*Updated: At the request of a few people, I have created a fund raising page here: http://www.gofundme.com/ekkoro. Thanks to those who suggested it**
I have been feeling particularly sorry for myself lately. Life is a little challenging for one of my children, which finishes me. It is really hard to see your child struggle with certain issues. Not for yourself, but for your child. As a parent, your heart aches for your child. For their today, and for their tomorrow. No parent wants their child to struggle any more than they have to, life is hard enough as it is without having to deal with additional challenges that aren’t easily or quickly resolved.
And then recently I got a giant dose of perspective. A massive big slap on the side of the head that made me realize that our ‘challenges’ are nothing in comparison to what so many other face. That we have so much to be grateful for.
We have a new domestic worker at home. Her name is Happiness and she brings us much happiness. Happiness is quite shy and doesn’t talk much. Jayde asked her last week why she wasn’t eating anything and Happiness told her that she was fasting for three days. Apparently Happiness and the members of her church were fasting for her 18 month old son Lwando, who is unable to walk.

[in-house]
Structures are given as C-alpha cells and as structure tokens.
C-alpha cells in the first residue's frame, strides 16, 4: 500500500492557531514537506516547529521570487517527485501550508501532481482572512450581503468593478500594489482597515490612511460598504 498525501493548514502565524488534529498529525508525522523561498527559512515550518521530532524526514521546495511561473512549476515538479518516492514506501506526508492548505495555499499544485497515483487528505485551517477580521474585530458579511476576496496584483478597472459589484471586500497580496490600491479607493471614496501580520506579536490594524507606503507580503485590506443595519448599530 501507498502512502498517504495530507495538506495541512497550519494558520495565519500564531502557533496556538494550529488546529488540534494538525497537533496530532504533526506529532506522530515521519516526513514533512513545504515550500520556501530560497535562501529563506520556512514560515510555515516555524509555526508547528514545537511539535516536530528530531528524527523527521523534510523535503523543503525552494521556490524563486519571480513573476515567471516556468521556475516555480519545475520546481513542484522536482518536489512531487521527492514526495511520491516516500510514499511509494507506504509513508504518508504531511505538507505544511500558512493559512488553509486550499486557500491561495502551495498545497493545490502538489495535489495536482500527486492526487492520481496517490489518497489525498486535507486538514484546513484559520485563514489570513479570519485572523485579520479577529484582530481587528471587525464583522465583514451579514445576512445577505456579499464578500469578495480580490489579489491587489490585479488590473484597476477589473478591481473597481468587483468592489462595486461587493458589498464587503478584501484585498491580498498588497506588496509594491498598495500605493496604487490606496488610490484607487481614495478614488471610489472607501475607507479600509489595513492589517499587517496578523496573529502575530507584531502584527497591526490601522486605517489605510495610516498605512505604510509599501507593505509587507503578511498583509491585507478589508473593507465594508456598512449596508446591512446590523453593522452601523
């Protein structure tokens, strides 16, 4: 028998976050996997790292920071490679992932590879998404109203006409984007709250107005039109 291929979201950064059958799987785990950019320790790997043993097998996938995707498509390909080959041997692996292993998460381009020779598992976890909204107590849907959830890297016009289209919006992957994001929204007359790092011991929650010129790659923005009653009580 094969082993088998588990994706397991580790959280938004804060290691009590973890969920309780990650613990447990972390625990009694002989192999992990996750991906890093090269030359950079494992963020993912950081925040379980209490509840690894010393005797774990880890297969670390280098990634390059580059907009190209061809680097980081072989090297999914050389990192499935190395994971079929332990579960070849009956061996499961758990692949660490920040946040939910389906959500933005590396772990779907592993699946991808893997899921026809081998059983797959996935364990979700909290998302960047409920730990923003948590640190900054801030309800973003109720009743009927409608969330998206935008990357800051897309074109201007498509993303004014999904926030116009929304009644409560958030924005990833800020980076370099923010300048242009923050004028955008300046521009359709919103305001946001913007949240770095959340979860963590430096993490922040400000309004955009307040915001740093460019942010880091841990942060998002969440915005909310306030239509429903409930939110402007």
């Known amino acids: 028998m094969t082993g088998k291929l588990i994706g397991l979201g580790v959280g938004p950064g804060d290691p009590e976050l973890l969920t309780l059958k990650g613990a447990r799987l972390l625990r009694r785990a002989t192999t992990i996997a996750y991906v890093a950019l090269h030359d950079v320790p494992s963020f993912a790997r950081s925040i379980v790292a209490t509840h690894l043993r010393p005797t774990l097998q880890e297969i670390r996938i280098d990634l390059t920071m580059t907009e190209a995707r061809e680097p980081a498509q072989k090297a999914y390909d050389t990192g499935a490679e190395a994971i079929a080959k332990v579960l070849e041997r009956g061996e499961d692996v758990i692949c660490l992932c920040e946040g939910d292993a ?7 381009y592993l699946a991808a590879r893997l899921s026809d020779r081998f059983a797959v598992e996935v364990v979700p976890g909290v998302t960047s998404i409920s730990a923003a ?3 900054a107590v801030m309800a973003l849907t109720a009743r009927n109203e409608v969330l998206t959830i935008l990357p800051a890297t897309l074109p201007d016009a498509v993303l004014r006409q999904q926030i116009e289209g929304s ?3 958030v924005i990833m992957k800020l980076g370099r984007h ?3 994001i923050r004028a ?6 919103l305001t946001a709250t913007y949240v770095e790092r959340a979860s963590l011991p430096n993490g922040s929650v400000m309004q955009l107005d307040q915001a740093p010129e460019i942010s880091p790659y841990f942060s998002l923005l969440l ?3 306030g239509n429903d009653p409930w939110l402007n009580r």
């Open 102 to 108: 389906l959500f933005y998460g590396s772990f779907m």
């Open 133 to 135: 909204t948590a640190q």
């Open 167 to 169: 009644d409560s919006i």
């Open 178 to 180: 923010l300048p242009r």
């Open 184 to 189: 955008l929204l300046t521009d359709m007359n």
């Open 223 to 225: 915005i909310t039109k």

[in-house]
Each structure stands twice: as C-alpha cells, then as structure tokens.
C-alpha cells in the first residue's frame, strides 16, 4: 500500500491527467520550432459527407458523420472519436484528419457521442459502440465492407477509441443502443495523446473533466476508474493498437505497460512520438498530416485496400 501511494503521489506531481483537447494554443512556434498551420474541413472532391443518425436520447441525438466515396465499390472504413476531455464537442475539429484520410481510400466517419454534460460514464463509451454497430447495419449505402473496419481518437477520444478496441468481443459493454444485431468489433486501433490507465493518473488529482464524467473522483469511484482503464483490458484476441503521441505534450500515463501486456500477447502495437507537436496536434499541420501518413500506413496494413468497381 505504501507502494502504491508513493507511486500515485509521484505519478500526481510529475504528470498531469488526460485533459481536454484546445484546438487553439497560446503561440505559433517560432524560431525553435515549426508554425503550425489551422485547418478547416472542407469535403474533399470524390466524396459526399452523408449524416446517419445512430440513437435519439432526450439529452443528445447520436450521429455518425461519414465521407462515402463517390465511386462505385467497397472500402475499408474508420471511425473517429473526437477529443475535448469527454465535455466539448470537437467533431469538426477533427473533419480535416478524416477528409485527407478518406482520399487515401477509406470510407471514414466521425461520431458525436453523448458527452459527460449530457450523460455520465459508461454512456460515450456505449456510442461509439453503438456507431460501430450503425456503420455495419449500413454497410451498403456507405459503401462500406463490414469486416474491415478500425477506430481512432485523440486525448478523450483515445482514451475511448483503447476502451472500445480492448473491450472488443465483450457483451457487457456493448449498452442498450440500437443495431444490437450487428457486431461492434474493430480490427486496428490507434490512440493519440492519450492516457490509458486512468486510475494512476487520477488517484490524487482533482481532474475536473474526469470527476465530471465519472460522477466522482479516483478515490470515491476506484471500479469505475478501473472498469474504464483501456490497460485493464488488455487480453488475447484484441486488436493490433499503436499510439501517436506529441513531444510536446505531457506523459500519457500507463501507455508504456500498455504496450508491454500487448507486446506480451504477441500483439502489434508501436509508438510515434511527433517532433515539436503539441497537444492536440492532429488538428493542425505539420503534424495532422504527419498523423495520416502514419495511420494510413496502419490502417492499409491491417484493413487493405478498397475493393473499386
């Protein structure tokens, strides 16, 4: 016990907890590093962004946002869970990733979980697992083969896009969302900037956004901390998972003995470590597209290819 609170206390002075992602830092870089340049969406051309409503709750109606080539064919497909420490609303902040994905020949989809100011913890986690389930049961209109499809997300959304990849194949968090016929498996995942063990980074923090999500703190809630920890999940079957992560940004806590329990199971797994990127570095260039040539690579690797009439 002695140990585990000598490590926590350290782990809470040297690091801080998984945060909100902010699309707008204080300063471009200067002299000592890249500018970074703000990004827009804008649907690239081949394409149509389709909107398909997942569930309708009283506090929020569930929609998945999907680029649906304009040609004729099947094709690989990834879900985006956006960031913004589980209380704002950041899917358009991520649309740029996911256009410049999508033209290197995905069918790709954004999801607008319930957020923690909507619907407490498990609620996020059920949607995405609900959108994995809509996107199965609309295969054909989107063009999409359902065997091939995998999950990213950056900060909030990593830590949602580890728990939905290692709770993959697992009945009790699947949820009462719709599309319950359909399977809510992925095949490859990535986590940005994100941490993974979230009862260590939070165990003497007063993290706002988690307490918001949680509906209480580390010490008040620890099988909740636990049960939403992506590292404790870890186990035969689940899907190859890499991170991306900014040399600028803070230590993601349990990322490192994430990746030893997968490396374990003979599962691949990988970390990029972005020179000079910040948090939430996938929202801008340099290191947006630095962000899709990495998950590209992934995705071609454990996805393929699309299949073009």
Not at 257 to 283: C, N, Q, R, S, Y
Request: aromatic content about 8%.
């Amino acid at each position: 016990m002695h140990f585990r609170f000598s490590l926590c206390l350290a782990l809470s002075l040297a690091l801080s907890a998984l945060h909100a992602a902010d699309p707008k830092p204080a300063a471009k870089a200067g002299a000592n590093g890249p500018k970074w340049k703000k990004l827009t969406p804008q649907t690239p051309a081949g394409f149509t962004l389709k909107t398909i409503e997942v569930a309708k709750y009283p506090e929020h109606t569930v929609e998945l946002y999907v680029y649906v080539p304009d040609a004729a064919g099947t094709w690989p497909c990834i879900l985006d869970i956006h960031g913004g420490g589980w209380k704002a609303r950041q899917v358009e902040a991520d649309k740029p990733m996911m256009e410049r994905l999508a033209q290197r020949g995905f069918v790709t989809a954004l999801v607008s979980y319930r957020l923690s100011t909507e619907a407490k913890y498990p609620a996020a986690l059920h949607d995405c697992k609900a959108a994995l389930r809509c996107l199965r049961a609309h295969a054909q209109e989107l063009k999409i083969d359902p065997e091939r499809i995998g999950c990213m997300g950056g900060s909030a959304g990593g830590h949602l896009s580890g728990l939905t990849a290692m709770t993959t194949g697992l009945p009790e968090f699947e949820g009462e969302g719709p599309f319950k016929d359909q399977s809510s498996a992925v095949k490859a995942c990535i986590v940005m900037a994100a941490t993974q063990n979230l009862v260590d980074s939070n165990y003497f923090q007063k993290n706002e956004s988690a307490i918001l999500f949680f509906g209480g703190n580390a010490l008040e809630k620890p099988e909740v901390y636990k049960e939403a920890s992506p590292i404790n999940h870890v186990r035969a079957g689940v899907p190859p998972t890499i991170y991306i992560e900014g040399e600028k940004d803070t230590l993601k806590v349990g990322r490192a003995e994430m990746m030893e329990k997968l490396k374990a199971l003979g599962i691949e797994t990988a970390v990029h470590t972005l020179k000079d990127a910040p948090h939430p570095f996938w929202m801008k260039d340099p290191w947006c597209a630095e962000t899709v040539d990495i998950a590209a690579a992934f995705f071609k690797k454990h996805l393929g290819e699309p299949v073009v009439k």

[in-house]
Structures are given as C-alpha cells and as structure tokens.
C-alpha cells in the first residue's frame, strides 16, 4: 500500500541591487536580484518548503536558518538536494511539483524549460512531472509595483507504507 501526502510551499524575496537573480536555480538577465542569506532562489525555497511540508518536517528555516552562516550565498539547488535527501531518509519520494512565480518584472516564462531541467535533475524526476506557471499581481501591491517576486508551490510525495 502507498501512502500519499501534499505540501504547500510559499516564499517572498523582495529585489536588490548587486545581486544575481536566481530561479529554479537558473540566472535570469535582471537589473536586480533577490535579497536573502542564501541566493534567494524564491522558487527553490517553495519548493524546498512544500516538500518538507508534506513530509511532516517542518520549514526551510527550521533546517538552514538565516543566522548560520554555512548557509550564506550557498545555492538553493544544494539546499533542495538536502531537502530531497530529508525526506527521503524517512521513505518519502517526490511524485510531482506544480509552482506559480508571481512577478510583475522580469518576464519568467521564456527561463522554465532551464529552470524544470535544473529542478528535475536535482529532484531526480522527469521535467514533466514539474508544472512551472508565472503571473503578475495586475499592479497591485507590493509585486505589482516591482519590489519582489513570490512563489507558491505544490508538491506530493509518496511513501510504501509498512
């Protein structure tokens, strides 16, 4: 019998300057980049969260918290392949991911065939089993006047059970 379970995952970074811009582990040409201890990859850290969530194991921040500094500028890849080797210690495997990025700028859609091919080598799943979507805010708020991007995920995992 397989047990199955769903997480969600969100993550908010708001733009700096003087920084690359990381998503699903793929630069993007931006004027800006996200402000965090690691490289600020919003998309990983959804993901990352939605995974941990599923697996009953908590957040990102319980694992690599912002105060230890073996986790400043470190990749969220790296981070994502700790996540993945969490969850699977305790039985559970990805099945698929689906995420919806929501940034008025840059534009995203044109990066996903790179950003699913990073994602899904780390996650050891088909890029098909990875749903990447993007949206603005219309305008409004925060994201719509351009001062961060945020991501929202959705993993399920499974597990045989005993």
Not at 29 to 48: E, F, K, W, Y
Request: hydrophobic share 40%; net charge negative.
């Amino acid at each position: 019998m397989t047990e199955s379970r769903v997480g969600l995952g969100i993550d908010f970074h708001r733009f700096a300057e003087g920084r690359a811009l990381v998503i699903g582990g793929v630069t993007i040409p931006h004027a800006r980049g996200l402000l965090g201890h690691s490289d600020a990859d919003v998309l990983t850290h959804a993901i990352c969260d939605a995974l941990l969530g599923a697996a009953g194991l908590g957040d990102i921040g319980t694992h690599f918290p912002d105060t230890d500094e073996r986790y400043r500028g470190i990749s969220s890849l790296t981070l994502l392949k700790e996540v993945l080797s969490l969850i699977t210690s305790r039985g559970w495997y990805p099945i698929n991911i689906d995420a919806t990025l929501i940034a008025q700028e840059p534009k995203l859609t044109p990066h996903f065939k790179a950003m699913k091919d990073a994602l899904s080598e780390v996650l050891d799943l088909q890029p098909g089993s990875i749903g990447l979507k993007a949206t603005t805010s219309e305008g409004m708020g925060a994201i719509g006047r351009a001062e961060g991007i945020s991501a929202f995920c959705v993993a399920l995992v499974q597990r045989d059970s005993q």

Aside: As I have mentioned before, there are two health care systems in South Africa. One that is free, sponsored by the Government. The other is the private healthcare system for those who can afford it. While both healthcare systems are staffed by incredibly competent, skilled medical professionals, they are two completely different worlds. I am generalizing here, but in general the government healthcare system is severely overloaded and in some cases tragically under-resourced. The private healthcare system is world class in terms of service etc. When I go to the doctor, I have an appointment (which I can get within a day or so, hardly any waiting), I sit in a plush waiting room and I get treated with five star service. When Happiness goes to the doctor, she has to be in the waiting room by 8am. There are no appointments. It doesn’t matter if you are supposed to be at work, you have to sit there and wait. You all sit in a waiting room that is the opposite of plush. You could wait there all day sometimes. The staff there work extremely hard, it is very difficult for them to give 5 star service to the 100s of patients that line the waiting room.
Happiness had taken Lwando to be assessed by the doctors at the government hospital because he wasn’t achieving any milestones. At 14 months he was unable to sit, and certainly unable to stand. He was also very small. At 18 months he weighs 7,4 kgs (16 pounds). The size of a 6 month old baby.
I asked Happiness what the doctors said the issue was with her son, but she said she didn’t know. She wasn’t sure what the doctors had said, they hadn’t told her much. They gave her a whole lot of letters (referral letters) and told her to take him to see other doctors and professionals. She said she asked the doctor whether her son would ever walk, and the doctor shrugged and said “maybe”. And so she fasted. And prayed. And hoped. And had no idea what was going on